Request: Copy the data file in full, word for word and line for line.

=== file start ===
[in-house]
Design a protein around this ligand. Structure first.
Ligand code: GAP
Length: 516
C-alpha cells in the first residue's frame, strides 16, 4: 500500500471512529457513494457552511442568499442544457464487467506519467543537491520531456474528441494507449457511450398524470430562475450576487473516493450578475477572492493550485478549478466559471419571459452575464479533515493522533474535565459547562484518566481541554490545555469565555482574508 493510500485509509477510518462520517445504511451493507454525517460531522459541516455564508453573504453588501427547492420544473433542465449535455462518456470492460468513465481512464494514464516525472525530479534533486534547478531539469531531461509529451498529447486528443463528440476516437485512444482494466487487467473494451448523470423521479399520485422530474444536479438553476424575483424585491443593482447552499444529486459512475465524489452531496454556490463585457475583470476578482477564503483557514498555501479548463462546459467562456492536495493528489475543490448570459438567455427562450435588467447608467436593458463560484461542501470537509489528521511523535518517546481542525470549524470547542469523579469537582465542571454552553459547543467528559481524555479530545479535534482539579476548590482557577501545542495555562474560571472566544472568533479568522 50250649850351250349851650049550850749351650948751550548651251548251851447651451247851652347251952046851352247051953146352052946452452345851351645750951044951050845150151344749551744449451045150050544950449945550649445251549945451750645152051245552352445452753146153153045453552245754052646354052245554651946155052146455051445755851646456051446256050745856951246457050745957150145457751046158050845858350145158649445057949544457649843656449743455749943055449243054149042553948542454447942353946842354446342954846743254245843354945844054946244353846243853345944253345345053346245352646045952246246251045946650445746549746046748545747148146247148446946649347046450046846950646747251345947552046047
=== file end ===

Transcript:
[in-house]
Design a protein around this ligand. Structure first.
Ligand code: GAP
Length: 516
C-alpha cells in the first residue's frame, strides 16, 4: 500500500471512529457513494457552511442568499442544457464487467506519467543537491520531456474528441494507449457511450398524470430562475450576487473516493450578475477572492493550485478549478466559471419571459452575464479533515493522533474535565459547562484518566481541554490545555469565555482574508 493510500485509509477510518462520517445504511451493507454525517460531522459541516455564508453573504453588501427547492420544473433542465449535455462518456470492460468513465481512464494514464516525472525530479534533486534547478531539469531531461509529451498529447486528443463528440476516437485512444482494466487487467473494451448523470423521479399520485422530474444536479438553476424575483424585491443593482447552499444529486459512475465524489452531496454556490463585457475583470476578482477564503483557514498555501479548463462546459467562456492536495493528489475543490448570459438567455427562450435588467447608467436593458463560484461542501470537509489528521511523535518517546481542525470549524470547542469523579469537582465542571454552553459547543467528559481524555479530545479535534482539579476548590482557577501545542495555562474560571472566544472568533479568522 50250649850351250349851650049550850749351650948751550548651251548251851447651451247851652347251952046851352247051953146352052946452452345851351645750951044951050845150151344749551744449451045150050544950449945550649445251549945451750645152051245552352445452753146153153045453552245754052646354052245554651946155052146455051445755851646456051446256050745856951246457050745957150145457751046158050845858350145158649445057949544457649843656449743455749943055449243054149042553948542454447942353946842354446342954846743254245843354945844054946244353846243853345944253345345053346245352646045952246246251045946650445746549746046748545747148146247148446946649347046450046846950646747251345947552046047